Starting from nothing more than 4x4 hardwood pylons, eight feet above grade level, our dedicated group of missionaries laid floor, erected walls, framed interior rooms, installed porch decking, constructed roofing joists and completed roof decking. All Saints Episcopal Church from Fort Worth, Texas sent the next mission team, enclosing the exterior walls in water-proof “wrapping” and completing back-side roofing. Following the All Saints Team, Christ Church, Raleigh, repaired gates on the newly plowed “road” leading back to House of Grace, while continuing work on the roof and siding.

Meanwhile, fund-raising is beginning for the second phase — expansion of school classrooms and construction of a chapel for worship in a multipurpose building that will also serve as a hurricane shelter. St. Michael’s next Belize Mission is scheduled for April 4-11, 2020. Current plans are to begin construction on the multipurpose facility. Contact John McHenry (john.mchenry@; 919-306-3659) for additional information.

St. Simon’s Anglican Church from Oakville, Ontario, completed the tedious tongue and groove siding task, while also working on porch posts, railings, and other details. St. Mary’s Episcopal Church from El Dorado, Arkansas, installed interior insulation, followed by the team from St. Andrew’s Episcopal Church in Rocky Mount, N.C, who added interior sheetrock, stairs, and balcony railings. Between teams, Mr. Freddy and local labor continued to make progress and coordinate materials purchases so that tasks would be “ready to go” for the next


Chronicles of Canterbury

Several churches joined the St. Michael’s Belize Mission team in separate missions over the summer, working toward the completion of House of Grace in San Pedro, Ambergis Cay, Belize. This long-term effort, helped in large part by more than $20,000 from St. Michael’s, will bring a badly-needed clergy residence to the village.

A team effort: Missioners from St. Michael’s, St. Andrew’s Rocky Mount, All Saints Episcopal Church from Fort Worth, Texas, Christ Church Raleigh, St. Simon’s Anglican Church from Oakville, Ontario, and St. Mary’s, Eldora, Arkansas, worked together over several months on “House of Grace.” They installed sheetrock, enclosed exterior walls, completed the roof decking and more on the structure, which is part of a two-phase mission for Holy Cross Anglican School. Phase Two — classroom expansion and a multipurpose building that will house a chapel and hurricane shelter — will be part of our 2020 Belize Mission.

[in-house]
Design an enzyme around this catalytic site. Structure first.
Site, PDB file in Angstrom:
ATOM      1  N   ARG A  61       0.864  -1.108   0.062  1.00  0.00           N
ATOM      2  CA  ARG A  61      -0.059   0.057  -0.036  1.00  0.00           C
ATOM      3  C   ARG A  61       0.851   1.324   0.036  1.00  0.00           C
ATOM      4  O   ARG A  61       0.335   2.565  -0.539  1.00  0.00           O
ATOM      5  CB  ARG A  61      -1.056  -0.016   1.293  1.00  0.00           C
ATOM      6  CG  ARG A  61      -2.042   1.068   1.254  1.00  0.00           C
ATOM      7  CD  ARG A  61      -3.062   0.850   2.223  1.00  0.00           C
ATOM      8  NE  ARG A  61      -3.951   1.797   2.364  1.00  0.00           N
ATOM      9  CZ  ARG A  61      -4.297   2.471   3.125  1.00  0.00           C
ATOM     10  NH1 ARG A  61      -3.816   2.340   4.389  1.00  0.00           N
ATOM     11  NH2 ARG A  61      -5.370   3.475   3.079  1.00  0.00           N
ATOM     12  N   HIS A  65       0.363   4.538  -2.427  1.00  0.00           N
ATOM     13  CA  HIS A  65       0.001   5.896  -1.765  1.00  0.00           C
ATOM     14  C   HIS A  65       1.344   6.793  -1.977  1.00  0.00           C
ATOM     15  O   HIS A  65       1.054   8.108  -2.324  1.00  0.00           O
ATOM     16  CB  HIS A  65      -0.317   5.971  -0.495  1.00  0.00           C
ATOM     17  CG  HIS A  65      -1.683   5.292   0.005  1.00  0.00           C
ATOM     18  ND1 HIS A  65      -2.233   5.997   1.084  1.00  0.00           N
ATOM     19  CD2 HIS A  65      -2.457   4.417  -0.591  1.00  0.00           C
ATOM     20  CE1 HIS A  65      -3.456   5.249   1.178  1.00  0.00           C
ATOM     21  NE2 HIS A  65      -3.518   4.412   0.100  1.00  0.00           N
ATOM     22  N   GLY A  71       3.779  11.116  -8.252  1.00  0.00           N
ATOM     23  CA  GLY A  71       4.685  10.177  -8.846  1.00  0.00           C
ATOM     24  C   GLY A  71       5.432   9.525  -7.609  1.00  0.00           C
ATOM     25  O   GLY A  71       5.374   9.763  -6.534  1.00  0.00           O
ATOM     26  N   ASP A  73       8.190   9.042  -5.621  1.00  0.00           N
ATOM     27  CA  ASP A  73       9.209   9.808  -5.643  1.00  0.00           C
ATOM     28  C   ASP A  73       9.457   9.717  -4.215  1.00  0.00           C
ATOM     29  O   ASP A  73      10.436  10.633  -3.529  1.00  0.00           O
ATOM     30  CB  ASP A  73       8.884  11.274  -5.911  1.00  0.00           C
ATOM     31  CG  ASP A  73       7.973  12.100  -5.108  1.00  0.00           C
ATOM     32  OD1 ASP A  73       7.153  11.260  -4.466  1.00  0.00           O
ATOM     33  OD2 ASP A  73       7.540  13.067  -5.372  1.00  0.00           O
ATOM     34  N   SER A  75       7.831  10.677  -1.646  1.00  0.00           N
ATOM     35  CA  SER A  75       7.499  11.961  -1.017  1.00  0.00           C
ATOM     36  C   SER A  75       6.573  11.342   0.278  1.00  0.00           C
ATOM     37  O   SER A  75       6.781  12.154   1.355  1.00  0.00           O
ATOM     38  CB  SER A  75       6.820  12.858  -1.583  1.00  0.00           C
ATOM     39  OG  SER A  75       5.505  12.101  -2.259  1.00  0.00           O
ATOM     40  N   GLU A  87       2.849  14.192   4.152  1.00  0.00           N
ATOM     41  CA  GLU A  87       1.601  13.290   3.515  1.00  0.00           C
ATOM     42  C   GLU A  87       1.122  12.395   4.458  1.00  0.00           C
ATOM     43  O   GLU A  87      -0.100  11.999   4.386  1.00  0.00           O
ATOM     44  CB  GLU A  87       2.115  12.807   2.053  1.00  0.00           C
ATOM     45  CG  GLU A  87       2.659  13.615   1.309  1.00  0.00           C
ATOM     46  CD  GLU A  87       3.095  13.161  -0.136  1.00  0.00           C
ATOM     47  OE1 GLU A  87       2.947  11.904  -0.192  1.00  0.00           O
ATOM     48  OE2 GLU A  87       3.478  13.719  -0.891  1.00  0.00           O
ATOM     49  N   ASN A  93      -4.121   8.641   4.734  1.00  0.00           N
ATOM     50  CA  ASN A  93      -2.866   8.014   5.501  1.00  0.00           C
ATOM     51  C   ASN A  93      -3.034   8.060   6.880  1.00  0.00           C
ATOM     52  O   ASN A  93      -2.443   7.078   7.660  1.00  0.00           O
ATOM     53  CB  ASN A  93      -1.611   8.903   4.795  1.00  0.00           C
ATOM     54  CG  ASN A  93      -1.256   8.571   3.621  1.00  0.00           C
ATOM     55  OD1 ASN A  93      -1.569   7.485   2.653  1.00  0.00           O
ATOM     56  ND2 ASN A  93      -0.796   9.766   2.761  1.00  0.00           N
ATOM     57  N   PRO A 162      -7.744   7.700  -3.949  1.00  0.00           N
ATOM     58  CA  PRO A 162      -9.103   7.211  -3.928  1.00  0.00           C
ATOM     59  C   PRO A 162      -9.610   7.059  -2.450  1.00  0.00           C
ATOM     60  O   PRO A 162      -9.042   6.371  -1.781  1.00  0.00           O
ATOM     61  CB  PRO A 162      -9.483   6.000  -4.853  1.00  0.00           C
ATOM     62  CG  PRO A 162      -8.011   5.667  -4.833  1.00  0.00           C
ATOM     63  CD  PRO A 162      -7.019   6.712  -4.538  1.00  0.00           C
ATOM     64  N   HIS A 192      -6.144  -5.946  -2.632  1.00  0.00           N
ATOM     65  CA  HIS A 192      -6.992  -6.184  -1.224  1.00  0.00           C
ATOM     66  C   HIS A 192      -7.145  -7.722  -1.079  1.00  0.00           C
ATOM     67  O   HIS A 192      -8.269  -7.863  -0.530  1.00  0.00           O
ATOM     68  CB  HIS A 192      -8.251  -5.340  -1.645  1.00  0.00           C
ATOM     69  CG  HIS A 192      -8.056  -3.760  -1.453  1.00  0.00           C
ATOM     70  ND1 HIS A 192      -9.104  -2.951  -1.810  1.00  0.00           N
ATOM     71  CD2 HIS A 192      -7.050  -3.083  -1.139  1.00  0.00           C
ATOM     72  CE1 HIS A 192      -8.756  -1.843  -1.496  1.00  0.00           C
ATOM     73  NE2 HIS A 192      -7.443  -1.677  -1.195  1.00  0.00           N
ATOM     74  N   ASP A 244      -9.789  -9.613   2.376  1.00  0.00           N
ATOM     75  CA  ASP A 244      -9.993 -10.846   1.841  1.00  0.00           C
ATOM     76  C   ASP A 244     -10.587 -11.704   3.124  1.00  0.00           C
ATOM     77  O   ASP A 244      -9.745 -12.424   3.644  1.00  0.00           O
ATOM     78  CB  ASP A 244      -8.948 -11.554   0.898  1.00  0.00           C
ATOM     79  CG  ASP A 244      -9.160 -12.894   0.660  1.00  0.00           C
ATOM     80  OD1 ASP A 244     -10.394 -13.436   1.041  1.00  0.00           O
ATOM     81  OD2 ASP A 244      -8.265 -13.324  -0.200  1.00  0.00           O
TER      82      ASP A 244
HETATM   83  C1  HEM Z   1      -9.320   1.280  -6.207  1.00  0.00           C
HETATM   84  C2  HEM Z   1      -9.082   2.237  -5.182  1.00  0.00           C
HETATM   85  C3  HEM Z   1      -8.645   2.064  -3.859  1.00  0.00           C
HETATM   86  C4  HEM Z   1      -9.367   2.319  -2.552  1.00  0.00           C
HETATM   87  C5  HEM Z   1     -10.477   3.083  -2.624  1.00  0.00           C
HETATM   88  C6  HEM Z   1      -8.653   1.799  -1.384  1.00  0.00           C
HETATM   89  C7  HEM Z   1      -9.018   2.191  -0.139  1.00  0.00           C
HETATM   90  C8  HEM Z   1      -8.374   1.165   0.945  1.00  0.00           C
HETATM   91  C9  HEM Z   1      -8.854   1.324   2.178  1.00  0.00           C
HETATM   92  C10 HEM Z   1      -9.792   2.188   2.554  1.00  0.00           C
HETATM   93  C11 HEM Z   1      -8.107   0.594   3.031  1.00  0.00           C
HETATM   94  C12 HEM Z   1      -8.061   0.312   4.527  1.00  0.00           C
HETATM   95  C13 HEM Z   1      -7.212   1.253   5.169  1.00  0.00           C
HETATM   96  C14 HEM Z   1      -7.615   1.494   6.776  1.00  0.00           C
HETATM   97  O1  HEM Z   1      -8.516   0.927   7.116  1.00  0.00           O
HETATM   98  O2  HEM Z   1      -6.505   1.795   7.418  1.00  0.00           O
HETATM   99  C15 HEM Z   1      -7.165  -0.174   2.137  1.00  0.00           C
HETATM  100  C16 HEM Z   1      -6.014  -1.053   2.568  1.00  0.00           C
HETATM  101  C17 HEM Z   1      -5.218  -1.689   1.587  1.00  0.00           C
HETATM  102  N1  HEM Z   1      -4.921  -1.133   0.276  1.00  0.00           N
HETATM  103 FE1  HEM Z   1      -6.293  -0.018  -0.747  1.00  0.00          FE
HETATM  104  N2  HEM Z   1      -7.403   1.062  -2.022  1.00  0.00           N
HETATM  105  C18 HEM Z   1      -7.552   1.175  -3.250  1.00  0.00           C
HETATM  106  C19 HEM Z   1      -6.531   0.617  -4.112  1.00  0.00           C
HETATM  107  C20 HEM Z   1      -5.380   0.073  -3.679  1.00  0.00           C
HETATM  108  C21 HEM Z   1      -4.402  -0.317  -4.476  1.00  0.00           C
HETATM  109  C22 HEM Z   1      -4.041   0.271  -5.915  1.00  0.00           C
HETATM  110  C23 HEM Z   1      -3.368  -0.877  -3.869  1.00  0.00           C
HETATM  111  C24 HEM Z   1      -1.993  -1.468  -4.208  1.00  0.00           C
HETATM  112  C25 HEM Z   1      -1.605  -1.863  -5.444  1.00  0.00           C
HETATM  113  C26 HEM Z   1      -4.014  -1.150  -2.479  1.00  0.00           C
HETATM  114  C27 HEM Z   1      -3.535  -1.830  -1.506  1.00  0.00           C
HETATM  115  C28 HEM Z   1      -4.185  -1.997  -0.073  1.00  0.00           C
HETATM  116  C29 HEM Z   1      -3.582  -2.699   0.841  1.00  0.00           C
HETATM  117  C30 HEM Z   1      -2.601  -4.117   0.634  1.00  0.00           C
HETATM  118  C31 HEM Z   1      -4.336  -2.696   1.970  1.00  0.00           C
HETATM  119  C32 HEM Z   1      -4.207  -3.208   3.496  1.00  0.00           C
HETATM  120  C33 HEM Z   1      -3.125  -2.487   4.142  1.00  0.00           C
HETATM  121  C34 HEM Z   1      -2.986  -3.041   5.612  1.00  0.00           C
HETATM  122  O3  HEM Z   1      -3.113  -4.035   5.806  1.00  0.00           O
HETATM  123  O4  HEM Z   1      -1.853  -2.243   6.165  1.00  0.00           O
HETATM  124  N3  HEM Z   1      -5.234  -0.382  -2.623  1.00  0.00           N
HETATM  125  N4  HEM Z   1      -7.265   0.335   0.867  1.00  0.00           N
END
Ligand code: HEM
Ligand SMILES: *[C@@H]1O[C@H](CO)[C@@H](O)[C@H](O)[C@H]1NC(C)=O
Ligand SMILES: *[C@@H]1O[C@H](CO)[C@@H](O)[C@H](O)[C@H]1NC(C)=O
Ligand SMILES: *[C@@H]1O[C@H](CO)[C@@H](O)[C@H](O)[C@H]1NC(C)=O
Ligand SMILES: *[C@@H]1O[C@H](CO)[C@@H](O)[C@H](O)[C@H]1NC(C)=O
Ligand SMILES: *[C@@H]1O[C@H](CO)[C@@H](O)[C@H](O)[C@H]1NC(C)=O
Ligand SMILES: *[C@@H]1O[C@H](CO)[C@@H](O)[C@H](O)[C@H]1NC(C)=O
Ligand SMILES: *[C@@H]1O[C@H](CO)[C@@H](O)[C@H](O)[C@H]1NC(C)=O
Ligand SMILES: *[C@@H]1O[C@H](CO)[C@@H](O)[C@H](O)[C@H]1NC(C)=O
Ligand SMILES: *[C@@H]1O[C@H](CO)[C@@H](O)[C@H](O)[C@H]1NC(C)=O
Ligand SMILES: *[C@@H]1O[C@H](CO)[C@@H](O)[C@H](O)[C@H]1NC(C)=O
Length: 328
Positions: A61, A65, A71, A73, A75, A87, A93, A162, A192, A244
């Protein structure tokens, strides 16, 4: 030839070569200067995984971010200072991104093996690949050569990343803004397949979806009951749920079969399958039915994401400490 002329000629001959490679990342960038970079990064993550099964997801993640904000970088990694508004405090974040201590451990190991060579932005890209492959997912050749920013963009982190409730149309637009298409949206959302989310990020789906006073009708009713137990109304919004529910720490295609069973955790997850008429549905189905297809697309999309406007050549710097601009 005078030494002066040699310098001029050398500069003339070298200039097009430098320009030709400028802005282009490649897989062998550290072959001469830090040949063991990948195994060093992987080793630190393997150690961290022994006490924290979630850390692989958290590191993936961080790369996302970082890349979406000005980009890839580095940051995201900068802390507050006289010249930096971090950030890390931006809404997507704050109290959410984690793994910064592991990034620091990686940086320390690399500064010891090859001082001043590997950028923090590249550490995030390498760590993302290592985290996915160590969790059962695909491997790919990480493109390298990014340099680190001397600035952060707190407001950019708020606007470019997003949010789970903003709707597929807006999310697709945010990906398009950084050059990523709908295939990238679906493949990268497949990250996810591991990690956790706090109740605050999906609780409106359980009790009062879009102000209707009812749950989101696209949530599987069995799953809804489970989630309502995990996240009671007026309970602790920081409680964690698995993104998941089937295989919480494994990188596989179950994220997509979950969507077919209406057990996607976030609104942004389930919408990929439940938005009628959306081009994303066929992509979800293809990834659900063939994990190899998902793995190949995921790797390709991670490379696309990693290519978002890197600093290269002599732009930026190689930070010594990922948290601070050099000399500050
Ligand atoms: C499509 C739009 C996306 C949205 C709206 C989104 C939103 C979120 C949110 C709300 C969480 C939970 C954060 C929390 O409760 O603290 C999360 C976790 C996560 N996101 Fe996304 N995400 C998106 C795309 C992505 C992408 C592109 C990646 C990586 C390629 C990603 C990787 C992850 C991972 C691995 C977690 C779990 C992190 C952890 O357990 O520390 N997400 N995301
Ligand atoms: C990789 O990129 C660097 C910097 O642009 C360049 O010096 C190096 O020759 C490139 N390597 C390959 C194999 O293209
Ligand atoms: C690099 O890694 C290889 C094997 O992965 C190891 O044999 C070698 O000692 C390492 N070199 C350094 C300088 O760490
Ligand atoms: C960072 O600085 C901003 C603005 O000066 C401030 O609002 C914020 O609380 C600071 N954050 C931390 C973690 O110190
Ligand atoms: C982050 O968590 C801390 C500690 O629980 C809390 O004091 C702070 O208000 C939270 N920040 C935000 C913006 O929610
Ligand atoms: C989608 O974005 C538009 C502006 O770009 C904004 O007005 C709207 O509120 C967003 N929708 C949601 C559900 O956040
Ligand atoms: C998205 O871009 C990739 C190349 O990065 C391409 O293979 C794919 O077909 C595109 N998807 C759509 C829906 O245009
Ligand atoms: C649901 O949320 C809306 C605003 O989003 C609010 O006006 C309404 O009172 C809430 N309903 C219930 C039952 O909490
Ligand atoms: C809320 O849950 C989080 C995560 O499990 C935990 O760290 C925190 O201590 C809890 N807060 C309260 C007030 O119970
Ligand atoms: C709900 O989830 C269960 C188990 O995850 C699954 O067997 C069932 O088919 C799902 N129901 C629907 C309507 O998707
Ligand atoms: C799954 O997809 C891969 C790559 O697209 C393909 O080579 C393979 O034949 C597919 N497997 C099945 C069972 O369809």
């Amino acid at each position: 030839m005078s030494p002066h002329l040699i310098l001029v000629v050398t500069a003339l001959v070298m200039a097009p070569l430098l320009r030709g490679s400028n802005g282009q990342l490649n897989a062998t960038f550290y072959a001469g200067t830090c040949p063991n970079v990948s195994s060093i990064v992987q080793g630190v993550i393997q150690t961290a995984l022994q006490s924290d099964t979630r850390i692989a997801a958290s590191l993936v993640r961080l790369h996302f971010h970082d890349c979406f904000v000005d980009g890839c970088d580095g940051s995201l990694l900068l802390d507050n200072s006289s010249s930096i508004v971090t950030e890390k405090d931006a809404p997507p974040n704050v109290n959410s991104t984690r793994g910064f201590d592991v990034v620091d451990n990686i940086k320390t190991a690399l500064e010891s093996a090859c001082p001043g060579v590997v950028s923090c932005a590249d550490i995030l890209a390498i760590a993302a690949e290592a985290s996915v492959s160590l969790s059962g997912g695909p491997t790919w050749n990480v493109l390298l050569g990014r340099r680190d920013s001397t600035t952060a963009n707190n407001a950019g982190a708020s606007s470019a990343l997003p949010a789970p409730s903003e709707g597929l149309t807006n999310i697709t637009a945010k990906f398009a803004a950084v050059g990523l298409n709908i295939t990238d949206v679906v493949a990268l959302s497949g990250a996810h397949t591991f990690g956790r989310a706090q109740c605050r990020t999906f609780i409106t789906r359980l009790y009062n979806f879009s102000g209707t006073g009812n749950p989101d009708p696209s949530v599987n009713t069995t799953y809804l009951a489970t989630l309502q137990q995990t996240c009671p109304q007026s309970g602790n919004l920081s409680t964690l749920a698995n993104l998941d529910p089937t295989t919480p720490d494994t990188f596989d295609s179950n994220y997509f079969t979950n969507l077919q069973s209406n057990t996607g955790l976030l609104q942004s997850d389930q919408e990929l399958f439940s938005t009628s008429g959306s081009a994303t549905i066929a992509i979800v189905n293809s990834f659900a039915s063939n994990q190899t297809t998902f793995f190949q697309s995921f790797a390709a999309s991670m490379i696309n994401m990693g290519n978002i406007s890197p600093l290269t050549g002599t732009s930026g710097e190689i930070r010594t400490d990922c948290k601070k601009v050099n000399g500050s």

Chronicles of Canterbury Be Doers of the Word

Annual Fund 2020: LOVE.GIVE.SERVE

Thank you to the 550 parishioners who pledged to the 2019 Annual Fund campaign last fall for a record $1.7 million! Your pledged gifts continue to support our 2019 budget, including increased insurance costs this year as well as an increase in our Diocesan assessment. In addition, your generosity has allowed us to hire a seminarian to assist with extra pastoral needs. Our seminarian, Anna Page, will start this month. Thank you for making this possible!

St. Michael’s 2020 Annual Fund campaign will begin soon. Once again, we will ask parishioners to pledge to support our budget for the coming year. We expect some of the same increased expenses in 2020, and we are eager to learn of any additional needs or programs the Vestry may be considering for 2020. Last year we set a record goal for participation of 550 pledges. The number of pledges received in an Annual Fund campaign is indicative of parishioners’ engagement with St. Michael’s. We encourage even more participation in this vital ministry to support St. Michael’s!



9% Salaries and Benefits Office Expenses Operations and Management


Building and Grounds Programs



Diocesan Assessment